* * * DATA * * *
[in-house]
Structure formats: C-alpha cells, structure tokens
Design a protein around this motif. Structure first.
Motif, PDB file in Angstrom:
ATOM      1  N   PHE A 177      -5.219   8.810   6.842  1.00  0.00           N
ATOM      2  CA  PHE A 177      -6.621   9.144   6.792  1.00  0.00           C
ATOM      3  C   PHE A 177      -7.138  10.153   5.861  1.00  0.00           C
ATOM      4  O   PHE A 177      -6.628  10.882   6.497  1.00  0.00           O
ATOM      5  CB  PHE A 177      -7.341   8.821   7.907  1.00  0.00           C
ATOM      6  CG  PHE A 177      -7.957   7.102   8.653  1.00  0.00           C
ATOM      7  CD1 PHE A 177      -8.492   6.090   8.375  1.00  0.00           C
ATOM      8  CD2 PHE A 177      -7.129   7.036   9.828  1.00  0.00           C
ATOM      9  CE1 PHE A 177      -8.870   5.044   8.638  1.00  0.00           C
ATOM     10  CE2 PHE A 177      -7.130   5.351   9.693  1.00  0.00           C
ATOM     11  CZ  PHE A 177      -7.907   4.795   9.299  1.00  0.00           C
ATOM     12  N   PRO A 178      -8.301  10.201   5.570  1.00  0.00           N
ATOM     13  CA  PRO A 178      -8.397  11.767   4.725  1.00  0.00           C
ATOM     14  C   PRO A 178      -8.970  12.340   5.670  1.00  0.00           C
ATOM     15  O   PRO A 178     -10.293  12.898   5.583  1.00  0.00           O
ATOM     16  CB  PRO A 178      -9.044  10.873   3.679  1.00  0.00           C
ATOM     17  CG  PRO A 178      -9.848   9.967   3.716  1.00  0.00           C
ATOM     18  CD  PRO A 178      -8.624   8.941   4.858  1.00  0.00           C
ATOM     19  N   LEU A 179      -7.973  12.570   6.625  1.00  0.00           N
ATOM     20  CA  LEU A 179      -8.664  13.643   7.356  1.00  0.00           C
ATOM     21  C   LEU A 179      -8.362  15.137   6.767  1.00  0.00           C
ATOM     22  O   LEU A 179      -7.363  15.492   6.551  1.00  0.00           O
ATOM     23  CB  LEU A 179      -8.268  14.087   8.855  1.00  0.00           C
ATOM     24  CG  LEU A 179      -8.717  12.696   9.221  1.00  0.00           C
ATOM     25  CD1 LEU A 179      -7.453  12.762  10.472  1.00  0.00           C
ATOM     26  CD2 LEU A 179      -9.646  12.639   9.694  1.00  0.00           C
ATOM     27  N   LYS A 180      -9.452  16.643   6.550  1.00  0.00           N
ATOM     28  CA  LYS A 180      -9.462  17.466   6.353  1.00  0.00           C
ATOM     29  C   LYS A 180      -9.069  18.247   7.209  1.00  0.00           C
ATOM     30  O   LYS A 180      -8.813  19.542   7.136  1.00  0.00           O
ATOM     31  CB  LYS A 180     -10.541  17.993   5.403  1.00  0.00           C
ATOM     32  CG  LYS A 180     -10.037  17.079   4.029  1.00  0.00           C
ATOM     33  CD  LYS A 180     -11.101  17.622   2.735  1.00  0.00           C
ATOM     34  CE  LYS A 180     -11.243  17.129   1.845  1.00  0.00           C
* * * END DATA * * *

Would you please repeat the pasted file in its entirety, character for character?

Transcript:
[in-house]
Structure formats: C-alpha cells, structure tokens
Design a protein around this motif. Structure first.
Motif, PDB file in Angstrom:
ATOM      1  N   PHE A 177      -5.219   8.810   6.842  1.00  0.00           N
ATOM      2  CA  PHE A 177      -6.621   9.144   6.792  1.00  0.00           C
ATOM      3  C   PHE A 177      -7.138  10.153   5.861  1.00  0.00           C
ATOM      4  O   PHE A 177      -6.628  10.882   6.497  1.00  0.00           O
ATOM      5  CB  PHE A 177      -7.341   8.821   7.907  1.00  0.00           C
ATOM      6  CG  PHE A 177      -7.957   7.102   8.653  1.00  0.00           C
ATOM      7  CD1 PHE A 177      -8.492   6.090   8.375  1.00  0.00           C
ATOM      8  CD2 PHE A 177      -7.129   7.036   9.828  1.00  0.00           C
ATOM      9  CE1 PHE A 177      -8.870   5.044   8.638  1.00  0.00           C
ATOM     10  CE2 PHE A 177      -7.130   5.351   9.693  1.00  0.00           C
ATOM     11  CZ  PHE A 177      -7.907   4.795   9.299  1.00  0.00           C
ATOM     12  N   PRO A 178      -8.301  10.201   5.570  1.00  0.00           N
ATOM     13  CA  PRO A 178      -8.397  11.767   4.725  1.00  0.00           C
ATOM     14  C   PRO A 178      -8.970  12.340   5.670  1.00  0.00           C
ATOM     15  O   PRO A 178     -10.293  12.898   5.583  1.00  0.00           O
ATOM     16  CB  PRO A 178      -9.044  10.873   3.679  1.00  0.00           C
ATOM     17  CG  PRO A 178      -9.848   9.967   3.716  1.00  0.00           C
ATOM     18  CD  PRO A 178      -8.624   8.941   4.858  1.00  0.00           C
ATOM     19  N   LEU A 179      -7.973  12.570   6.625  1.00  0.00           N
ATOM     20  CA  LEU A 179      -8.664  13.643   7.356  1.00  0.00           C
ATOM     21  C   LEU A 179      -8.362  15.137   6.767  1.00  0.00           C
ATOM     22  O   LEU A 179      -7.363  15.492   6.551  1.00  0.00           O
ATOM     23  CB  LEU A 179      -8.268  14.087   8.855  1.00  0.00           C
ATOM     24  CG  LEU A 179      -8.717  12.696   9.221  1.00  0.00           C
ATOM     25  CD1 LEU A 179      -7.453  12.762  10.472  1.00  0.00           C
ATOM     26  CD2 LEU A 179      -9.646  12.639   9.694  1.00  0.00           C
ATOM     27  N   LYS A 180      -9.452  16.643   6.550  1.00  0.00           N
ATOM     28  CA  LYS A 180      -9.462  17.466   6.353  1.00  0.00           C
ATOM     29  C   LYS A 180      -9.069  18.247   7.209  1.00  0.00           C
ATOM     30  O   LYS A 180      -8.813  19.542   7.136  1.00  0.00           O
ATOM     31  CB  LYS A 180     -10.541  17.993   5.403  1.00  0.00           C
ATOM     32  CG  LYS A 180     -10.037  17.079   4.029  1.00  0.00           C
ATOM     33  CD  LYS A 180     -11.101  17.622   2.735  1.00  0.00           C
ATOM     34  CE  LYS A 180     -11.243  17.129   1.845  1.00  0.00           C